The shortlist for The Portico Prize for Literature – the UK’s only award for outstanding literature that best evokes the spirit of the North – has been announced today.

The six books on the shortlist for the £10,000 prize, once described as ‘the Booker of the North’, span both fiction and non-fiction.

The Portico Prize was established in 1985 by The Portico Library in Manchester to celebrate the strong regional and literary identity of the North with the aim of raising awareness of its historical, cultural and literary heritage. Previous winning and shortlisted authors have included Anthony Burgess, Val McDermid, Sarah Hall, A.S. Byatt, Hilary Mantel and new Poet Laureate Simon Armitage. 

Of the six books on the shortlist this year, three are debut novels. And half of the titles are published by independent publishers.

Shortlist for The Portico Prize for Literature revealed for books that best evoke the spirit of the North I Love Manchester

The first novels include Saltwater by Jessica Andrews, a story of self-discovery by a girl from Sunderland who moves to London, taking her northern roots with her; Ironopolis, a haunting novel by Glen James Brown, set on a fictional council estate in post-industrial Middlesbrough; and Black Teeth and a Brilliant Smile by Adelle Stripe, a novel inspired by the life of Bradford playwright, Andrea Dunbar, best known for the 1980s hit Rita, Sue and Bob Too.

The other fiction title to make the shortlist is The Mating Habit of Stags by Ray Robinson, a reflective novel set on the moors of North Yorkshire, which judges called “the perfect northern noir”.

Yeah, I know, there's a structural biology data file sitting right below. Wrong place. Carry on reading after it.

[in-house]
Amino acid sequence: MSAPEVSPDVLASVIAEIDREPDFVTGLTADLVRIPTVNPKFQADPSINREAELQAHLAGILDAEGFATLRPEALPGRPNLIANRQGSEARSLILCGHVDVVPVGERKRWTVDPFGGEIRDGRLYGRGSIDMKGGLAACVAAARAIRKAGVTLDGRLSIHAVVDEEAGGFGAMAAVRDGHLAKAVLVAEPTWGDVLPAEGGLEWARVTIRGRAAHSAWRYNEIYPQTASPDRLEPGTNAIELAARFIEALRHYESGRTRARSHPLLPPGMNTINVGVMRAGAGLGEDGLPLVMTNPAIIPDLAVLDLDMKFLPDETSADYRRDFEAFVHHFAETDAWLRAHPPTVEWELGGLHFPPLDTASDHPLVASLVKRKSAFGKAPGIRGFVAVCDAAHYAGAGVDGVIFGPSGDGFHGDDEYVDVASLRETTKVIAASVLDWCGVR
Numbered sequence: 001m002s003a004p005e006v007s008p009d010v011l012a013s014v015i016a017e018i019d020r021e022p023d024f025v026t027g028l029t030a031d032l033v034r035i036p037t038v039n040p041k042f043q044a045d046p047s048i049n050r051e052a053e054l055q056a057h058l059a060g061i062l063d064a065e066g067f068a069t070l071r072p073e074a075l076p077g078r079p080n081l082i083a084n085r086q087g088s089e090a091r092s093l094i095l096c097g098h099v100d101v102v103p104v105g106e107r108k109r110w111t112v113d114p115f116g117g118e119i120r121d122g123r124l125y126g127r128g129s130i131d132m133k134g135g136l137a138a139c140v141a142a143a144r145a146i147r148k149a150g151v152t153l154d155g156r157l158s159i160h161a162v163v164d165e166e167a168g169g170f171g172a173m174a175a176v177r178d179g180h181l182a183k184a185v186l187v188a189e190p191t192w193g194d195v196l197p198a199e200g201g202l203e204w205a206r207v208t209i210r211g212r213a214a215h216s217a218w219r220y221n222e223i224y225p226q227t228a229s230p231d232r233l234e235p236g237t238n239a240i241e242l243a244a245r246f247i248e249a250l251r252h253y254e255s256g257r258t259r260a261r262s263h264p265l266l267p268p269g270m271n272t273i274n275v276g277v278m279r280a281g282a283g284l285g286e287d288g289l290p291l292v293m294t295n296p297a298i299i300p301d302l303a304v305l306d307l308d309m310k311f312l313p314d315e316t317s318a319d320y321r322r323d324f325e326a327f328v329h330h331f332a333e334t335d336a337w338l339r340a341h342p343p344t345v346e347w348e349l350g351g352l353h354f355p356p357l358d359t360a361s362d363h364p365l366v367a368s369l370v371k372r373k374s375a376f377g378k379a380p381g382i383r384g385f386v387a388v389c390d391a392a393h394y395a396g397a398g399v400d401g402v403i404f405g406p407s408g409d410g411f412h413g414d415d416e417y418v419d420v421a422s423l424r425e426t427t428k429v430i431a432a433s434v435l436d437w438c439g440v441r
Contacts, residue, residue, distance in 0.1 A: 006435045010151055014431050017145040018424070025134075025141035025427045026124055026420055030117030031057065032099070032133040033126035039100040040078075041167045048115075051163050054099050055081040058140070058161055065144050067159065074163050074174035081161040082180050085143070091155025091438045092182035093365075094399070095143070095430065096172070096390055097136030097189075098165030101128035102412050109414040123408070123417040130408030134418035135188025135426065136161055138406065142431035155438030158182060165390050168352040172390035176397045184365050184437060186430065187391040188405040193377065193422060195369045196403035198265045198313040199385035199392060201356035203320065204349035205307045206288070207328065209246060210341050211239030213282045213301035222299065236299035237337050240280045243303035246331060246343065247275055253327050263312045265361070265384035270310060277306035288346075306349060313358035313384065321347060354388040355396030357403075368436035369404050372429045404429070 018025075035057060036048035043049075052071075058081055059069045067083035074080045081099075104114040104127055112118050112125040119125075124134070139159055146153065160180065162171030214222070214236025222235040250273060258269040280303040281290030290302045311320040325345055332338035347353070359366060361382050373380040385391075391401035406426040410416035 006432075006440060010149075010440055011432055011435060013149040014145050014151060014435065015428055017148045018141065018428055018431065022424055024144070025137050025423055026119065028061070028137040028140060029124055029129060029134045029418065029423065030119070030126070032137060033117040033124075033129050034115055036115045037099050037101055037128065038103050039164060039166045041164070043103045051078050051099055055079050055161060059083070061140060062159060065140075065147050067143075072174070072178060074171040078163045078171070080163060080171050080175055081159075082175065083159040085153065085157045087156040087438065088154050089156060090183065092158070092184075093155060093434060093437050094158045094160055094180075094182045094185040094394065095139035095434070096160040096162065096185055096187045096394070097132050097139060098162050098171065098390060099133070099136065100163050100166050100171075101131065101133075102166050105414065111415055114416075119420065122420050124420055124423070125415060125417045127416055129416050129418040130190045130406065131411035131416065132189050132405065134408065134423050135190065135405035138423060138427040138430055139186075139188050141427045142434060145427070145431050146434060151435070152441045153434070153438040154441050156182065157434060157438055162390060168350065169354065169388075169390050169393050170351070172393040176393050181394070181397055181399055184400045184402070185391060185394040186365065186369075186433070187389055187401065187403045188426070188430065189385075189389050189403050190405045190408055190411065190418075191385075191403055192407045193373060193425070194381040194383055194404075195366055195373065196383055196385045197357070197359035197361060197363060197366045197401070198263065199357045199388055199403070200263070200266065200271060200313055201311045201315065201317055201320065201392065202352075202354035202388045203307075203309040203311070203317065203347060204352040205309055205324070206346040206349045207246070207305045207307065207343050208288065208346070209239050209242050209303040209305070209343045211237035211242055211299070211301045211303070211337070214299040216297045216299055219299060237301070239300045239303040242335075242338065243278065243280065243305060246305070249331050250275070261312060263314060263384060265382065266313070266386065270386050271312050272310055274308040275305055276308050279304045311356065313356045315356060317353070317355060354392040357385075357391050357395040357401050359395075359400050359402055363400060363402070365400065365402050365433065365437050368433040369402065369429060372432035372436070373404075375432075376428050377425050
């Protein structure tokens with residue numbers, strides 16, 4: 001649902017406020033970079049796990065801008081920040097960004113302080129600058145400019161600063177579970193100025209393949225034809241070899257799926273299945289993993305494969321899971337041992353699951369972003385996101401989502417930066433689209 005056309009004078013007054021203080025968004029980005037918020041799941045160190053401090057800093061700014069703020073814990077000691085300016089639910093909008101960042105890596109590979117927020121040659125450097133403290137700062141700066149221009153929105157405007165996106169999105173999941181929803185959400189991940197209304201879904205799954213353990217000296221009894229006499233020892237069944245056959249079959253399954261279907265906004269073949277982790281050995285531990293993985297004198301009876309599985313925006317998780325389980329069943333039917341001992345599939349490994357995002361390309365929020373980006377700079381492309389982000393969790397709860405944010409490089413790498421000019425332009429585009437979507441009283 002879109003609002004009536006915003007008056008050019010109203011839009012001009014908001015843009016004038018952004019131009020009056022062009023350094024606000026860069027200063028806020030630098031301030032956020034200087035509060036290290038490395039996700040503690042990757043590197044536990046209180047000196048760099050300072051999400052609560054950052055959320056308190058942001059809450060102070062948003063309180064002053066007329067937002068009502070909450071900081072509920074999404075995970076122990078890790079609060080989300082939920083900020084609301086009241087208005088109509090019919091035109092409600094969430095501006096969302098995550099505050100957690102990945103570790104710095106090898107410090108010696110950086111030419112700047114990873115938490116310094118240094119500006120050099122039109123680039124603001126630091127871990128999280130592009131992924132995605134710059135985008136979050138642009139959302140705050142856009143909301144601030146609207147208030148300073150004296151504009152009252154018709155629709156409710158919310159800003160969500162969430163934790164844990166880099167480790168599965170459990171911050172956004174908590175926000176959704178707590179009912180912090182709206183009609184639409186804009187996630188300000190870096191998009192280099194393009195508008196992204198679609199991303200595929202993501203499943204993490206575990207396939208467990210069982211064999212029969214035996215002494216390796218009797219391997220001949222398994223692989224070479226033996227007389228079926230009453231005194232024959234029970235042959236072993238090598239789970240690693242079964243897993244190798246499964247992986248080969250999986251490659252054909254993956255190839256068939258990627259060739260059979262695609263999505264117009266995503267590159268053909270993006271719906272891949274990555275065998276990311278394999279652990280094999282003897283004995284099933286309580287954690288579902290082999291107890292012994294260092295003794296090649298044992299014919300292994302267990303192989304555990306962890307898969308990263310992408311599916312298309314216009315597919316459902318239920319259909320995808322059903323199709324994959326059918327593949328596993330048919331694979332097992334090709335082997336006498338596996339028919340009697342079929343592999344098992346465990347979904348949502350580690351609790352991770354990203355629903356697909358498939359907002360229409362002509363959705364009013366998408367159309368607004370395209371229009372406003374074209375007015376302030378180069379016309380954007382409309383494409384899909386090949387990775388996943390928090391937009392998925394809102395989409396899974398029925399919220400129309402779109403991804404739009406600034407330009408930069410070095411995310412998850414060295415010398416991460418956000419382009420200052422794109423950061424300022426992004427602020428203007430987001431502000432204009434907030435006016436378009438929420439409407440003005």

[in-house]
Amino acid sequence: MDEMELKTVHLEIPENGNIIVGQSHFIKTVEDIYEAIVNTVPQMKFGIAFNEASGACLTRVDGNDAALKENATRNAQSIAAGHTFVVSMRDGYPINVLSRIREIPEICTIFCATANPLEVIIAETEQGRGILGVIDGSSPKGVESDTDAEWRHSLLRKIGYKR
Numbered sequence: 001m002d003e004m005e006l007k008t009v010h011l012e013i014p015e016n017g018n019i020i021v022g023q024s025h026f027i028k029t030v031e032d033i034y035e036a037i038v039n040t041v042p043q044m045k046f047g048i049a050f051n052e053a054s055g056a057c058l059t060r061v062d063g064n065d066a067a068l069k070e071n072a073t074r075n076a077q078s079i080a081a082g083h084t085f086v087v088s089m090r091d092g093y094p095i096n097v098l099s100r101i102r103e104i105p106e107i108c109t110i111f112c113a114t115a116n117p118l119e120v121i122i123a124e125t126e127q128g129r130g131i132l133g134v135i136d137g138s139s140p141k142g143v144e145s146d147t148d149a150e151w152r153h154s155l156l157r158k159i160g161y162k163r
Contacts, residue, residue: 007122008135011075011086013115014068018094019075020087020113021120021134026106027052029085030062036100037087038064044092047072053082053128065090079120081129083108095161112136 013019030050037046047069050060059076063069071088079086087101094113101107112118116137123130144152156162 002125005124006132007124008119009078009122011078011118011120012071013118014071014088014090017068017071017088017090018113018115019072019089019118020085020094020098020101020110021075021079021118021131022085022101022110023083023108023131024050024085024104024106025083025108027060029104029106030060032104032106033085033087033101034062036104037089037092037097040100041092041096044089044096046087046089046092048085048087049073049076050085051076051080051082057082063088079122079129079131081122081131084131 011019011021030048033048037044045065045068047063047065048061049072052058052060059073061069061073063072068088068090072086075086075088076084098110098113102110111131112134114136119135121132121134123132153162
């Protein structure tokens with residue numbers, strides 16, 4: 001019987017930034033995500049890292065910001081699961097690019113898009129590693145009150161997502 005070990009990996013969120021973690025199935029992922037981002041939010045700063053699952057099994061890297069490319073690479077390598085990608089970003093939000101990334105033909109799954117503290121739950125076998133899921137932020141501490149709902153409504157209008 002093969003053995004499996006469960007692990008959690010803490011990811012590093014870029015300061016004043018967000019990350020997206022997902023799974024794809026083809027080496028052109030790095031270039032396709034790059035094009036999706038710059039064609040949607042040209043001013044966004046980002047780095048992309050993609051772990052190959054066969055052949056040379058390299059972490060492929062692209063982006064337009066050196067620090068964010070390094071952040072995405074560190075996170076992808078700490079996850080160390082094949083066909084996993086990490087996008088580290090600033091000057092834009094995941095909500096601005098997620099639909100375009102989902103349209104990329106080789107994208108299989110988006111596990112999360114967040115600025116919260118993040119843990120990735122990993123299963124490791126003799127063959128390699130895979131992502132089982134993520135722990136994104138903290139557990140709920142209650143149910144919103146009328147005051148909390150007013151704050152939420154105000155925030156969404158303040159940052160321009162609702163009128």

Shortlist for The Portico Prize for Literature revealed for books that best evoke the spirit of the North I Love Manchester

In non-fiction, Benjamin Myers, joint-winner of the 2015 Portico Prize, returns with Under the Rock: The Poetry of a Place, an investigation into nature, literature, history, memory and the meaning of place in modern Britain.

In The Boy with the Perpetual Nervousness, Graham Caveney describes growing up obsessed by music in the North of England during the 1970s as a member of the ‘Respectable Working Class’ – and his experience there of sexual abuse.

The judges chose the six books on the shortlist from a longlist selected by the Portico Prize’s newly formed Society of Readers and Writers.

This year’s panel of judges is chaired by journalist and broadcaster Simon Savidge of Savidge Reads. He’s joined by stage and screen actor Holliday Grainger, who comes from Didsbury, stand-up poet Kate Fox, and Zahid Hussain, author of The Curry Mile.

Shortlist for The Portico Prize for Literature revealed for books that best evoke the spirit of the North I Love Manchester
Photo: Bernard Walsh

“This list defies the rumour that it’s grim up North,” says chair of judges Simon Savidge.

“Yes, it can be gritty up North; yes, it can be gothic up North; but more than anything it’s glorious and great up North.”

“Fresh new voices speak alongside more established writers but, for them all, their books are an exploration of how environment, landscape and experience shape us – and how the Northern spirit is triumphant even in adversity,” says Lynne Allan, chair of The Portico Library, about the shortlist.

The winner of The Portico Prize will be announced at a ceremony at The Portico Library in Manchester on Thursday 23rd January 2020. Each of the shortlisted authors will be gifted with honorary membership of The Portico Library in 2020 and the winner will receive £10,000.

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